On the 24th and 25th of June 2021, we hosted the two-day virtual symposium, Women and Agency: Transnational Perspectives, c. 1450 – 1790. The key aim of this symposium was to examine early modern women’s agency from a transnational perspective. Conversations about women’s agency continue to ripple across the world, from new, passionate campaigns in Mexico and Poland that have fought to address femicide and sexual violence, to the Women’s Marches, which have annually inspired global response. With this symposium, we turned with fresh urgency to early modern women’s participation in intellectual, literary, and artistic cultures that bridged regional, national, and transnational divides. We sought to foster discussions about questions such as, what did a woman’s agency at this time look like and how was it expressed in different spaces and mediums? How does situating women in an international network alter our reading of female-authored texts and/or representations of women?
While we regretted that we were unable to hold this symposium in person, we were delighted that the event was made more accessible. We witnessed the attendance of participants from across all continents and a range of fascinating discussions that arose from the eight panels across the two days. During the first four panels, speakers investigated the ways in which women created, crafted, embodied agency, and challenged female representation. Papers ranged from explorations of female agency on the page, to the stage, to the theatre of the royal court; we heard how women practiced this agency through instruments ranging from the pen to the sword. Throughout the second day, using various examples from different disciplines, speakers contemplated how women engaged in various practices, became mobile agents, and participated in diverse networks of agency. Papers explored the multifaceted ways in which women’s agency was experienced and imagined, and how this agency found imaginative, religious, and political expression across the global stage.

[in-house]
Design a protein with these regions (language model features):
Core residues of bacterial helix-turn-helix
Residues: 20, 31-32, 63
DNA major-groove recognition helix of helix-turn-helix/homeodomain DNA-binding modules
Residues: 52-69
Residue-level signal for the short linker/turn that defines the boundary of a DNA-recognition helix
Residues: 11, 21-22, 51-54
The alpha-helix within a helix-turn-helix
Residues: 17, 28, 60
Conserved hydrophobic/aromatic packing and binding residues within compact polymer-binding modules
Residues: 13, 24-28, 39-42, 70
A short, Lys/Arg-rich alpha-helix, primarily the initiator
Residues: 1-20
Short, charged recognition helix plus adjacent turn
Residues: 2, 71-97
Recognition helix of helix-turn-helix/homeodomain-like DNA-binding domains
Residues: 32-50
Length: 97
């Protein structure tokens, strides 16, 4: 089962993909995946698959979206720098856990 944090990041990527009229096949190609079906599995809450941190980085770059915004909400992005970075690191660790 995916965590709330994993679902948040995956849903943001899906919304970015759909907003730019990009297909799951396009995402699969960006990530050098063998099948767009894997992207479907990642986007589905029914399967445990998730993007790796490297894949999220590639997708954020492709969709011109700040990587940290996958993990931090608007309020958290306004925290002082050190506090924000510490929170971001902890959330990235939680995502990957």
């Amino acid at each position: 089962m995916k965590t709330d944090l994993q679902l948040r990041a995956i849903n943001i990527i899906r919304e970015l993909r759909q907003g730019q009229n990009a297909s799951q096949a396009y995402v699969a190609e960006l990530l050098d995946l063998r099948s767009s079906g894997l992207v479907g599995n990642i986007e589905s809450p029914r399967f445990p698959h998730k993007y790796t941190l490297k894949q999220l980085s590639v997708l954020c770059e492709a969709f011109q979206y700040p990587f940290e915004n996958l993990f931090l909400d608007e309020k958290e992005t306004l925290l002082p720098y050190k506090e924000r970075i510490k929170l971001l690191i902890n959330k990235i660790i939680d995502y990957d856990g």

A highlight of the symposium was the keynote paper by Professor Merry Wiesner-Hanks , entitled ‘Agency and Activism: Then and Now’, which brought the first day to a thought-provoking close. This paper brilliantly captured recent thinking about agency across disciplines and highlighted key issues around the understanding of agency both in the early modern period and in our current COVID-19 world, which has laid bare the fragility of many gains for women. In light of this, Professor Merry Wiesner-Hanks concluded by urging further study of early modern women’s agency and activism.
On the second day of the symposium, we were delighted to welcome Professor Bernadette Andrea, Professor Suraiya Faroqhi, Professor Rosalind Smith, and Dr Nadia Cattoni for a fascinating roundtable discussion, which perfectly drew together the key themes and questions of the symposium. The speakers offered insightful reflections on the papers presented and, taking up the questions raised by Professor Wiesner-Hanks’ keynote, discussed how we might move forward with conversations about agency by using the concept as a starting point rather than a conclusion.
We would like to thank for TORCH their generosity in funding the symposium through the AHRC-TORCH Graduate Fund and for providing invaluable support throughout the organisational process. For more information about this project, follow our Twitter account @womenandagency and visit our website https://womenandagency.wordpress.com/.